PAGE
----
Sicily - Palermo

by Kimp 22. November 2012 04:13

Photo Blog

Palermo Sicily is a town of around 1,000,000 people, yet it has a small town feel to it. Many tight family ties and many extended family ties.

Sicily was the first melting pot in the world. Over the years it has been ruled by many different nationalities (Romans, Greeks, Spaniards, French, Arabs, Italians). But when a new ruler took over, they didn't try to cleanse Sicily of the other nationalities, instead, they learned to live with them in peace. As a result Sicily is now very diverse, in culture, history, architecture, food, and art. Sicily is also very geographically diverse with many different types of landscape. I found it to be one of the most interesting places that I have visited. Today, 98% of Sicilians are of Sicilian decent, but there decedent blood lines are all over the place.  There seems to always be something different and intriguing around the next corner. Sicily came very close to becoming the 49th state of the United States. After WWII, in 1946, Italy was changed from a Monarchy to a Republic. Sicily wanted to remain under the Monarchy and was very displeased with the new Italian government that was being set up. So they wanted to separate from the mainland. They were lobbying heavily for the US to take them in. In a stroke of genius the new Italian government allowed Sicily to have their own president and congress if they would remain a part of the new Italian Republic. After that happened, they got excited and accepted that proposal with open arms. Now it is technically a part of Italy, but it has its own president and governing body.

Sicily is a large island and it functions like an island. It is pretty much on island time and they practice siesta. In other words don't count on anything being on a schedule and do count on things being really slow from around noon till 5. Island time also means that the start of the day is always after sun-rise. In fact in ancient Sicily, time was always measure from sun-rise, midnight was always at sun-rise in the location where you were, so no two places in Sicily were ever on the same time.  Things don't change very fast,  the people are pretty laid back for the most part and they party pretty hard. The party starts about 8:00 P.M. and doesn't die until around 4:00 A.M. It looked like the influx of cash from the European Union is trying to change its appearance, as there are a lot of renovation projects currently underway in Palermo. In about 20 years, I think Palermo will be have a completely different atmosphere. For me, Palermo is perfect just the way that it is now. Dude, don't change a single thing.

Sicily is known for it's pastries which are deep in its tradition. In ancient times, each convent had its own pastry shop, where the nuns would make sweets, sell them and donate the proceeds to orphanages. The most popular are the Almond ones made of marzipan (an almond paste made with ground almonds, sugar and egg whites). Marzipan is freshest and best in early November. It also has lots of wine bars that usually have buffet style meals in the evening. Those seemed to be very popular with Sicilian females.

I love the traditional Sicilian male attire. The shirt is always long sleeved with the sleeves crumpled up above the elbows, opened to the second button above the navel displaying the perfect tan and the dark or grey hair on their chest. A nice double breasted business suit vest that is always completely unbuttoned, the dress pants that go with the suit are clean and pressed, but never the suit coat. Always topped off with a tascu hat. And for some reason, it always looks like they last shaved yesterday. I think they shave and their hair immediately jumps out an 1/8". In the winter they usually wear 3/4 length overcoats.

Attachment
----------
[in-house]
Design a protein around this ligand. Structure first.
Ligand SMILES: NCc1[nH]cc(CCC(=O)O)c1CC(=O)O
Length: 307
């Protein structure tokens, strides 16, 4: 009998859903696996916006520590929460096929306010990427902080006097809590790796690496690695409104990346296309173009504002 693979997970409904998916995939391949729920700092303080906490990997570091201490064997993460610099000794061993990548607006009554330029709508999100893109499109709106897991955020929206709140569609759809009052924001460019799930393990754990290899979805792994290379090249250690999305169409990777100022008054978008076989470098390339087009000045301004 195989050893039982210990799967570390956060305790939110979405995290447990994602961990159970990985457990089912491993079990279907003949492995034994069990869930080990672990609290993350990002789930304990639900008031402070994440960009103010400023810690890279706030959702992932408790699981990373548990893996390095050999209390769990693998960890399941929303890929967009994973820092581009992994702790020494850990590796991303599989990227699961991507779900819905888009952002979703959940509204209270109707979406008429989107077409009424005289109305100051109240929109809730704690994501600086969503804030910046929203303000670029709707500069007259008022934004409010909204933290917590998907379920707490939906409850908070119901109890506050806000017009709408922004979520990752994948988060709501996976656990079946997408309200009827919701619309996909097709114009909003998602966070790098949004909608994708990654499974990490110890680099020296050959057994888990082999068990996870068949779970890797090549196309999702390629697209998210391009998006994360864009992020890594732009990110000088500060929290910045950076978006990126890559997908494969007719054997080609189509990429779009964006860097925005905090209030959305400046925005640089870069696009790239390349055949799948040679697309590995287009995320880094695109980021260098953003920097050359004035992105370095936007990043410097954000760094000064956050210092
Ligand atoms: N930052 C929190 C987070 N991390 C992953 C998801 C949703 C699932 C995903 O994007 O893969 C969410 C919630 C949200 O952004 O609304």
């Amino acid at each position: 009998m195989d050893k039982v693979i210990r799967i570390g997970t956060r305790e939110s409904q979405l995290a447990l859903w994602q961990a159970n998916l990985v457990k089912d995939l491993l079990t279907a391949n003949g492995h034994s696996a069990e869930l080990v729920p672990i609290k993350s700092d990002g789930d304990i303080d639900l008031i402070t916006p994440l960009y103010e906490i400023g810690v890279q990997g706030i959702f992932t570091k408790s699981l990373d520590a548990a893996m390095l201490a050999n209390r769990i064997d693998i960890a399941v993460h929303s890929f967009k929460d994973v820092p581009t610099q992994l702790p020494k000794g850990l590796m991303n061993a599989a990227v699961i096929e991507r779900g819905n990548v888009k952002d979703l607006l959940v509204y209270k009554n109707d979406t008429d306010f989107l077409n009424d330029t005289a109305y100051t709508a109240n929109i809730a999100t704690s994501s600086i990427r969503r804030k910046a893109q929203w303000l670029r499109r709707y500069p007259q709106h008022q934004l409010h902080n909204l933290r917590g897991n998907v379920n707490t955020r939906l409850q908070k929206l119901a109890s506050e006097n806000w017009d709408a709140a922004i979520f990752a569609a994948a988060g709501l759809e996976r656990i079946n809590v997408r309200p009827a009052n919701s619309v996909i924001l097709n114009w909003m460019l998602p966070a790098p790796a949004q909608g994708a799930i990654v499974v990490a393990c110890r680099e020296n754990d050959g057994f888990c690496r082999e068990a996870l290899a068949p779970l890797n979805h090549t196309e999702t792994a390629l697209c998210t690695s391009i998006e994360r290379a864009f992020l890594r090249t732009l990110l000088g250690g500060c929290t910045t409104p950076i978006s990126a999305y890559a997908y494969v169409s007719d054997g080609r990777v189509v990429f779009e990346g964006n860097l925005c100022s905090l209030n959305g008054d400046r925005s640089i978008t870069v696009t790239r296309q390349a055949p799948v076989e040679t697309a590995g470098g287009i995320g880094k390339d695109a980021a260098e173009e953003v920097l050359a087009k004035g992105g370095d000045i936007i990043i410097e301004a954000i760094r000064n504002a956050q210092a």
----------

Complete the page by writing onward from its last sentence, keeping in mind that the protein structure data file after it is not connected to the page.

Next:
23% of Sicilian Adults are unemployed, but it is largely a cash society and I have a feeling there is a prevalent underground (under the table) economy here as well.

Palermo was founded by the Greeks around 800 B.C., but today it is the capital of Sicily and one of the most difficult and unforgiving places in the world to drive a car. Technically it is called uncontrolled traffic, but my term is "Drive and park by your own rules". In a town of over a million people, there are only about 10 traffic lights, zero traffic control (stop, yield or priority) signs and speed limit signs are just for decoration. If you are not comfortable being a very aggressive driver with only about 2 inches of clearance on all sides, and cars stopping and turning and weaving without any advance notice, then you need to find another mode of transportation. A car without multiple dents and at least one broken taillight looks out of place. I have a feeling, when someone hits you, they you don't even bother to stop and exchange insurance.

The scooter's here have big engines, so they can drive them aggressively. You will not see any of the wimpy 80cc scooters that are popular in many parts of the world here. Most scooters in Sicily are around 300 - 500cc's.

Parking is at will. If you need to park, you just stop and get out of your car at whatever location it happens to be in. As long as it looks like one car might be able to get by in at least one direction, your good. If you are the unlucky person who is parked and blocked in on all sides when you return, you just find another way to get where you are going and come back for your car later.

Yet, amongst all of the driving chaos, it is a very friendly pedestrian place, where drivers are very cognizant of citizens on foot and always yield right of way to them.  

Of course, I arrive a the airport, completely unprepared for driving in Palermo. I pick up my rental car, and the agent say's to me in a thick accent, "Its a smart car!!!". At first I am completely confused. What was he trying to say??? Then it dawns on me, it's one of those super lightweight cars that is safe only if you are in an accident with another super lightweight car. I almost asked for another car, but I hadn't driven one yet, so I kept it. After all, I was only going to have it for a few days, so how bad could it possibly be? When I got in, saw the strange controls and couldn't figure out how to start it, that should have been the Omen that clued me in to the many issues that were ahead of me. I should have know to turn right back around, go back in and ask for another car. By that time, I just wanted to get on the road. The guy had just handed me the keys, without any instructions at all.